NASA’s revolutionary Mars mission, the InSight Mars lander is getting final checks before its lift-off from the Earth surface on May 5th and journey to Mars where it will act as a robotic geologist to conduct deep crust research on the Martian land.
The United States Space Agency NASA is preparing for the launch of its landmark InSight Mars mission on May 5 to make the first-ever mission to Mars which is aimed to research about the structure of Mars – a major success. InSight shuttle will place a single stationary lander on Mars – which will work as a robotic geologist for NASA on Mars. The lander will conduct studies on deep interiors of Martian surface and find out about the mysteries related to the composition, structure and formation of the red planet. InSight will also probe research to understand the formation of other planets of Solar system that occurred 4 billion years ago.
InSight will be the first inter-planetary mission that will delve into deep interiors of Mars surface and measure the heat outputs and marsquakes – which are kind of similar to earthquakes. For six months, InSight will be alone on the arid red planet, researching and cruising around on Mars – managed by the agency’s Marshall Space Flight centre in Huntsville, Alabama. Interestingly, there one more uniqueness to InSight lander as it will also be NASA’s first interplanetary mission that will be launched from California – and not from Florida. On 5th May, InSight will take off from the Vandenberg Air Force Base in California aboard a United Launch Alliance (ULA) instead of the John F Kennedy Space Centre in Florida – as this will save a lot of logistic money for the space agency.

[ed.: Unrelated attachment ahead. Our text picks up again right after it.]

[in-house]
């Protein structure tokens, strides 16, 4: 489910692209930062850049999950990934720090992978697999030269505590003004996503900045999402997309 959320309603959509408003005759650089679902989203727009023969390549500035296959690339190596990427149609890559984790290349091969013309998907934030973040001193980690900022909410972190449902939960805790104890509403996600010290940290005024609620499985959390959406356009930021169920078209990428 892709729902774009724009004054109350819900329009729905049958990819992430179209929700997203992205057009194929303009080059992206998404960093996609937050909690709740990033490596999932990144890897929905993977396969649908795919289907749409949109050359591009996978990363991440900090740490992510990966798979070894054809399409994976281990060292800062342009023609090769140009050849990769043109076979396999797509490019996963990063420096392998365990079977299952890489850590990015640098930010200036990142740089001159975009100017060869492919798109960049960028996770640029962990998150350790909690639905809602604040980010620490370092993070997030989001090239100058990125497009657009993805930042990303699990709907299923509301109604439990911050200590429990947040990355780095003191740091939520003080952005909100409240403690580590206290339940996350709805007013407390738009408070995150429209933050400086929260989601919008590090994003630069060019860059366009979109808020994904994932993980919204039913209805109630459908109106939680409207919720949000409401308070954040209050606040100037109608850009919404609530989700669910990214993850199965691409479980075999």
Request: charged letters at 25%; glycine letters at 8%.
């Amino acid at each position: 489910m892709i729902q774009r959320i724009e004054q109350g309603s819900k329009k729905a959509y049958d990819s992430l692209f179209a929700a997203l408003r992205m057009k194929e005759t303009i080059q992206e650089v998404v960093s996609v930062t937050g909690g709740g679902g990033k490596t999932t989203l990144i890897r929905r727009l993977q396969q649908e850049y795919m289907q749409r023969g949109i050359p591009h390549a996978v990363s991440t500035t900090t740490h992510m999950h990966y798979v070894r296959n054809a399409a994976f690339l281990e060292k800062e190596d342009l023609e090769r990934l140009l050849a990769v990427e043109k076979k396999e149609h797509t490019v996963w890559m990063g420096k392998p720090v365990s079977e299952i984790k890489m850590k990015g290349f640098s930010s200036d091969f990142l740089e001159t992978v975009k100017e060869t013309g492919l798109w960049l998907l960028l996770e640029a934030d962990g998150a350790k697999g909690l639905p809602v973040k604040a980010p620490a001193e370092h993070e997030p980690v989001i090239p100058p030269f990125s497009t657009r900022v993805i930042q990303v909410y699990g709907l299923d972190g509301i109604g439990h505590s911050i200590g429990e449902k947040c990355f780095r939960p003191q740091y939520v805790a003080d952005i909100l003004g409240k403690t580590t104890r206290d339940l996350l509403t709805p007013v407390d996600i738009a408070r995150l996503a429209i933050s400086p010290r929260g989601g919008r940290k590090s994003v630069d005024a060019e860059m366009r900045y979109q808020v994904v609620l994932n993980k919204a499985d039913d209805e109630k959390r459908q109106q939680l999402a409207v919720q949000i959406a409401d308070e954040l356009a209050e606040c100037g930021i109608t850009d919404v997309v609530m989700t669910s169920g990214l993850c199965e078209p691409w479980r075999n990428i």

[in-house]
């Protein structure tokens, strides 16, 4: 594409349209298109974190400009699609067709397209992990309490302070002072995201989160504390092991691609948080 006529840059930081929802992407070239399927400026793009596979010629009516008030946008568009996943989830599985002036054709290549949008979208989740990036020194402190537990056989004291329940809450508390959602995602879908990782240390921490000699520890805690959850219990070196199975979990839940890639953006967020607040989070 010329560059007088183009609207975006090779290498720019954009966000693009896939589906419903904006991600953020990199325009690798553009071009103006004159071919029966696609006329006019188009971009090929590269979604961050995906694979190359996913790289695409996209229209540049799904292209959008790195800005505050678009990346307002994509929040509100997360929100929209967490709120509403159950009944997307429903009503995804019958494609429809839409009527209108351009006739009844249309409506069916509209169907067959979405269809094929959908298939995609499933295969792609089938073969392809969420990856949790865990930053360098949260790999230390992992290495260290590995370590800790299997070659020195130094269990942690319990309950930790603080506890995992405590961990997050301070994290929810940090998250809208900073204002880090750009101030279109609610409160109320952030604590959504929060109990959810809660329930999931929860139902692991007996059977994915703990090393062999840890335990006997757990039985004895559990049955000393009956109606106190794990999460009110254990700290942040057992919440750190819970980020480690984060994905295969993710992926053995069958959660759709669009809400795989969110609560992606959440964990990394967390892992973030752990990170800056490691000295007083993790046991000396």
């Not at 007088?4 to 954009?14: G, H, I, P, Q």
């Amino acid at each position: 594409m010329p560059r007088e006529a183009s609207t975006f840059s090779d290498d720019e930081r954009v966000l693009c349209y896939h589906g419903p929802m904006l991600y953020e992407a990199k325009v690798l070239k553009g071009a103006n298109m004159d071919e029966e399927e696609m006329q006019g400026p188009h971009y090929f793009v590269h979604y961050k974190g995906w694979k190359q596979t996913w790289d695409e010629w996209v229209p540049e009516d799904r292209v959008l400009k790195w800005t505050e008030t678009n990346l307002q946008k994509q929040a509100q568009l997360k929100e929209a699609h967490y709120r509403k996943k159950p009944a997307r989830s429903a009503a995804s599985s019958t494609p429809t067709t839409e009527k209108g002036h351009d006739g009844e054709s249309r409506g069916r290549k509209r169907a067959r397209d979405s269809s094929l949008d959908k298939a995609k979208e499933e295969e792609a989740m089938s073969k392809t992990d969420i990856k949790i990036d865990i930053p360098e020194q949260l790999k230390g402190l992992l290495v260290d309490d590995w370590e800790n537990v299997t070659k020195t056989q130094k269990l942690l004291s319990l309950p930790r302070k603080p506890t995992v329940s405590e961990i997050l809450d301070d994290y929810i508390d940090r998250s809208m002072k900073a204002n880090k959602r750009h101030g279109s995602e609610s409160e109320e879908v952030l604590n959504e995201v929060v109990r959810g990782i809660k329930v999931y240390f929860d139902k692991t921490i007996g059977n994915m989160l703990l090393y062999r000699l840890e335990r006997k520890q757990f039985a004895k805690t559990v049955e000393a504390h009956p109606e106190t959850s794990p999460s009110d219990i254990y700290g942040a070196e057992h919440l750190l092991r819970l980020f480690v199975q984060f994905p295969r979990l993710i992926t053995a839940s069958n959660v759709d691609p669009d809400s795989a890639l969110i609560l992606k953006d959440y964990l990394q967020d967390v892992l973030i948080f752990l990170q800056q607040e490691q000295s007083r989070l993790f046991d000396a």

InSight just went through a test flight on Monday to check the flight readiness of the space probe and heat shields were inspected by expert teams as part of final checks. Now, the NASA officials have confirmed that robotic InSight lander is all set for its journey towards Mars on Saturday. The lift-off from earth surface is scheduled to be from Vandenberg Air Force Base in California 4:05 a.m. PDT (7:05 a.m. EDT; 1105 GMT) on ULA’s Atlas V rocket and after successful mission, the InSight probe will return back with samples of Martian rocks for study after six months of digging into the secrets of the Red Planet.